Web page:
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The UK’s Health Protection Agency (HPA) has issued a report saying that the HIV/AIDS crisis is ongoing among British homosexuals.

The AIDS rate among British homosexuals rose 13 per cent in the last year according to recent statistics.

This places Britain third in the rate of infection among European countries. A media release from the HPA says 73,000 adults are living with HIV in the UK, and of these, 7,093 people were diagnosed in 2006.

3,295 people were receiving treatment in 2006. Dr. Valerie Delpech, Head of HIV surveillance at the Agency said, “We are still seeing high levels of HIV transmission in gay men in whom we anticipate that there will have been just over 2,700 new diagnoses of HIV infection in 2006.”

A regularly appearing theme in writing on the subject by AIDS activists is that HIV/AIDS is as easily transmissible among the “straight” population as among homosexuals.

The response on the FAQ page of the website of Avert, an AIDS organisation based in Horsham, West Sussex, to the question, “Who is most affected by HIV/AIDS in the UK?” downplayed the predominance of HIV/AIDS among homosexuals.

It said, “Of the estimated 33,600 heterosexuals, some 20,200 (60%) were women. The male to female ratio of HIV diagnoses made before 1989 was more than 10 to 1, whereas in 2005 the ratio for new diagnoses was around 3 male to 2 female.”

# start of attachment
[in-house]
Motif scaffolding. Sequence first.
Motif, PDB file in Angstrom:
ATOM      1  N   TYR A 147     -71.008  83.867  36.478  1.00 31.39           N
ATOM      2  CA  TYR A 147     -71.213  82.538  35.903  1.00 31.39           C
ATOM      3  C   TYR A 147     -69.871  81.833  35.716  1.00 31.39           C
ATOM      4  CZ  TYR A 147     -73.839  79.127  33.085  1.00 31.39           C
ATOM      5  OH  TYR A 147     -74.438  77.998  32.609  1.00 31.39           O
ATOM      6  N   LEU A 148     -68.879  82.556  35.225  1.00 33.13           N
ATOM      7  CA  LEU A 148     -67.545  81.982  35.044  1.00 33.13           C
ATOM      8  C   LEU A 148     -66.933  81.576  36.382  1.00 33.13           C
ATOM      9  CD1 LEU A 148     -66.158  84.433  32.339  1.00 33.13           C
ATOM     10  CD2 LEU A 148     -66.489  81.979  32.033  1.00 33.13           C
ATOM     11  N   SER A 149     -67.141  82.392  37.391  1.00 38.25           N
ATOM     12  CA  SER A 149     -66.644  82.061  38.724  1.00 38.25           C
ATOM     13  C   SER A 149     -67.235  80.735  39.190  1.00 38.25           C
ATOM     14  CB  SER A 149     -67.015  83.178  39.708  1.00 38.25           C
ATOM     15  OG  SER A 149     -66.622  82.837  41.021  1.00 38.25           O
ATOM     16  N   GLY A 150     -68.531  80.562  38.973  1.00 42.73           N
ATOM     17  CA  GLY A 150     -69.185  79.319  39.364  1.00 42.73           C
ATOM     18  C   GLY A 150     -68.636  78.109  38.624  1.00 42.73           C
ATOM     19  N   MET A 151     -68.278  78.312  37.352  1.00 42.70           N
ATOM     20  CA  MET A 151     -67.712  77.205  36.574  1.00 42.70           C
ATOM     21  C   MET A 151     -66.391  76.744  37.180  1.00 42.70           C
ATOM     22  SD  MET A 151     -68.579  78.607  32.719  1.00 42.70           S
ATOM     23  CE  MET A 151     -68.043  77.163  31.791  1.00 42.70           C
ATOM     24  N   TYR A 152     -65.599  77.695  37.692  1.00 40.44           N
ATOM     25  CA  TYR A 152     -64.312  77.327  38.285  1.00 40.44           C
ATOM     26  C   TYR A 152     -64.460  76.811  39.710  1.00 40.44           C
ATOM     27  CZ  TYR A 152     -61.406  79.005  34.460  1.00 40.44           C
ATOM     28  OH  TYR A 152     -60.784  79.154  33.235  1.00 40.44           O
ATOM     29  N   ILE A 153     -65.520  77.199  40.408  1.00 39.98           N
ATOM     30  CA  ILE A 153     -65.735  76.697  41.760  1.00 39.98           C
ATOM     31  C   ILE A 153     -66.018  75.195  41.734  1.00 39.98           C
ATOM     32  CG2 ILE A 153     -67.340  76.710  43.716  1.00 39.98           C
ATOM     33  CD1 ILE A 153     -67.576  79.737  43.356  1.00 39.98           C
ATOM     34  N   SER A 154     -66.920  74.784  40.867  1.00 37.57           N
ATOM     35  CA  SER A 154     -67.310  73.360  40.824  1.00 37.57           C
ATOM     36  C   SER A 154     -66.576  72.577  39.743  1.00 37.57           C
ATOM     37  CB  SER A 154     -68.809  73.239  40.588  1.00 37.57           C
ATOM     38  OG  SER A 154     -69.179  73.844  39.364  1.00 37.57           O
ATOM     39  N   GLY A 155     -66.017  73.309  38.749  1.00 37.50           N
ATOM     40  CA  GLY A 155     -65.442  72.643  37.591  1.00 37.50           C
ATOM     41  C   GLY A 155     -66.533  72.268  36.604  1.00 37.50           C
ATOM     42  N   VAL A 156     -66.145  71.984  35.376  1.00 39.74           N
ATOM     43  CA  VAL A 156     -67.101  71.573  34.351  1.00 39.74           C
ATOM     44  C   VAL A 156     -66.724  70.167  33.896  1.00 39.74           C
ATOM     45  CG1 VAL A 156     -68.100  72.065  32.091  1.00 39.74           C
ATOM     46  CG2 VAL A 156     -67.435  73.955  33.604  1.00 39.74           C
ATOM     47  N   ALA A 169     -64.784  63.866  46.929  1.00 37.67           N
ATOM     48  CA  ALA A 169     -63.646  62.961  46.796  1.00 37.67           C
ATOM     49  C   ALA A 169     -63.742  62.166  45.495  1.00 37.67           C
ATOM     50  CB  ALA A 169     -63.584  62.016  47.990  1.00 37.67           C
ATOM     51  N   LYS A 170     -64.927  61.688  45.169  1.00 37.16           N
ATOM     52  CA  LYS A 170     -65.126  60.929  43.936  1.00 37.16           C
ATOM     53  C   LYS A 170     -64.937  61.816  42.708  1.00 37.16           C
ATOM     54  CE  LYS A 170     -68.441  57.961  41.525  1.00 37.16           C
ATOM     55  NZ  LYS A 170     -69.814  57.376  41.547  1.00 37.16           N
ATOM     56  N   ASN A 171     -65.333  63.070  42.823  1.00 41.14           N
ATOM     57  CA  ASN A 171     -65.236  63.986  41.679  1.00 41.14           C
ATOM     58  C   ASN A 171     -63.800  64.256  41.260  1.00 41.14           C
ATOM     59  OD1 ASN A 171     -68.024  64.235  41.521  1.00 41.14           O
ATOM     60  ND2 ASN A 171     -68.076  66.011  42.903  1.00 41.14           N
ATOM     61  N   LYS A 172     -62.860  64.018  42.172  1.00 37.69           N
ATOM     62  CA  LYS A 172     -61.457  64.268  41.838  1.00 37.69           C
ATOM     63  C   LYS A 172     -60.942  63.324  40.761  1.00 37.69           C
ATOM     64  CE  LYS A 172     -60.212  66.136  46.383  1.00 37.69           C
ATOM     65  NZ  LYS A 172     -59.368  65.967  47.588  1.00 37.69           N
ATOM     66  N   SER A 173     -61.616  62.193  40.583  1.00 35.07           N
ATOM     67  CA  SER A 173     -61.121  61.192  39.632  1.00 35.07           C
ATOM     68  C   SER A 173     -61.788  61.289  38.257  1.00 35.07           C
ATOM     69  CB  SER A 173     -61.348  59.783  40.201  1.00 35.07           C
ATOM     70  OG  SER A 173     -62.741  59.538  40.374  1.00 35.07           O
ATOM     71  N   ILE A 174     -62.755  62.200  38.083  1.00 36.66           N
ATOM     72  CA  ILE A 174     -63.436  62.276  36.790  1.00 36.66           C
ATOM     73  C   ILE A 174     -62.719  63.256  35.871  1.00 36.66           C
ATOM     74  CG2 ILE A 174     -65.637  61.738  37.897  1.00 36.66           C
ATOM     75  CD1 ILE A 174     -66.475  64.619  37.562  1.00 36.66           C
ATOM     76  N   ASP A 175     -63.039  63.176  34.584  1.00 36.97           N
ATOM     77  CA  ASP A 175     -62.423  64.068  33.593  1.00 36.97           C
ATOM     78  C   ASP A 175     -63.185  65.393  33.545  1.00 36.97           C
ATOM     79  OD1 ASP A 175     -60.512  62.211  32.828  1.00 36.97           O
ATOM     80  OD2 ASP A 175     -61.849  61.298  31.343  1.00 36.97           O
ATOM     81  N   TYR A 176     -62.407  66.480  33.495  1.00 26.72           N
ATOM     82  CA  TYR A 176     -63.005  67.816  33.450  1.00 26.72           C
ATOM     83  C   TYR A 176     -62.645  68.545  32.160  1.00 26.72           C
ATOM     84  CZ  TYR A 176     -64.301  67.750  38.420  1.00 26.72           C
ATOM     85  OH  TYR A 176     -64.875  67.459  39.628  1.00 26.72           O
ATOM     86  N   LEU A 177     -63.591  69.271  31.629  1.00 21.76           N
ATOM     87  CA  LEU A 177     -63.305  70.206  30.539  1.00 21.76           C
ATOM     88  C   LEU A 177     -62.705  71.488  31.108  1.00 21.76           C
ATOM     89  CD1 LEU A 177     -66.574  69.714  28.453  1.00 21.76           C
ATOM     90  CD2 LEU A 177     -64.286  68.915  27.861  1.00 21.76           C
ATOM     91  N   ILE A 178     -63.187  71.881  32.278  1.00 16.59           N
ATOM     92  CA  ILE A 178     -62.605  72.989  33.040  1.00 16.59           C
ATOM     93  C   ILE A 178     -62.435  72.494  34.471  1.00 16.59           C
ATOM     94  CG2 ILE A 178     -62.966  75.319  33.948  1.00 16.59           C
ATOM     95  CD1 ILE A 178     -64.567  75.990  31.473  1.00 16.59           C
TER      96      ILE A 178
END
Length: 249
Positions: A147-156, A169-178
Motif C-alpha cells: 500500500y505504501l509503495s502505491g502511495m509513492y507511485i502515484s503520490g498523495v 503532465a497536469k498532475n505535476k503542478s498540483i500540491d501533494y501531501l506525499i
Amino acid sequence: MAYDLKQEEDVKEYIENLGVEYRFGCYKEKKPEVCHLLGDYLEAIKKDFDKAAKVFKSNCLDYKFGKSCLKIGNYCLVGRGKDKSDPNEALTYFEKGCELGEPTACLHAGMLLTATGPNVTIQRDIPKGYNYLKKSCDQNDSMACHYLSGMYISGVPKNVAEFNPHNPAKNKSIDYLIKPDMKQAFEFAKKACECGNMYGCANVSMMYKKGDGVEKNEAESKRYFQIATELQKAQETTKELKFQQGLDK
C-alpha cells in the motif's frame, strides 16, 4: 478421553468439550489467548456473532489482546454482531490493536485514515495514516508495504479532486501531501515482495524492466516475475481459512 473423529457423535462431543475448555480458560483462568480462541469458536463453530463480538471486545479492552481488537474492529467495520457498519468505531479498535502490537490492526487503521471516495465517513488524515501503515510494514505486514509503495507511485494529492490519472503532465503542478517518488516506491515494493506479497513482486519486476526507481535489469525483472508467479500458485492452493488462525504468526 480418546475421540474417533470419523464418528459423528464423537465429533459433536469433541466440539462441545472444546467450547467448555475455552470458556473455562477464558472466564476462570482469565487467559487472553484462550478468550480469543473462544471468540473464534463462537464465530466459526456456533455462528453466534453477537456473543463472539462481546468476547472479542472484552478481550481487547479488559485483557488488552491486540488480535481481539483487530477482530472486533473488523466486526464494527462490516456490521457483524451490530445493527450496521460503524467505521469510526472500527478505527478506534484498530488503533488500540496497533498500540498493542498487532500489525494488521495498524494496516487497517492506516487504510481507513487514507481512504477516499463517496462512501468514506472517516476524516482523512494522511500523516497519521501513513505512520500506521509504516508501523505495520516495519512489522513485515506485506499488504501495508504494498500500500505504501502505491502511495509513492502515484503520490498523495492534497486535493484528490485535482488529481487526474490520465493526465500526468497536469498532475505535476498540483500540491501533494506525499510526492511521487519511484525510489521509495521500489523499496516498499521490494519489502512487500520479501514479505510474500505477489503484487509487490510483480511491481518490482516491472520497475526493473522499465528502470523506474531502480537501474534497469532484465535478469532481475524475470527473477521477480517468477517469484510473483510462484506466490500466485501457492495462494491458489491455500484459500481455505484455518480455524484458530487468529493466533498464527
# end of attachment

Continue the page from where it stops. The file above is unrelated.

To the question, “How are gay men in the UK affected by HIV and AIDS?” the response said blandly, “HIV is transmitted more easily through sex between men than it is through heterosexual sex.”

“For this reason and others…gay men and other men who have sex with men (MSM) in the UK face a proportionately higher risk of HIV infection than other groups, even though heterosexuals now account for a greater number of new diagnoses.”

But Delpech was more blunt, saying, “In recent years, we have seen steady increases in all sexually transmitted infections (STI), including HIV, in gay men and since 2003, the number of HIV diagnoses reported annually has consistently increased and exceeded the annual number of diagnoses throughout the 1980s and 1990s.”

At the same time, the Terrence Higgins Trust, Britain’s leading AIDS organisation, announced today that it is launching the second phase of its “anti-discrimination campaign”.

Alastair Irons, executive creative director at the charity marketing agency handling the campaign, said the problem of AIDS “is compounded by the myths that still prevail about HIV and AIDS, most of which lie at the root of the quite appalling discrimination some people face, and the stigma still attached to the illness.”

[Ed. Abstinence, anyone?]

[LONDON, November 26, 2007,]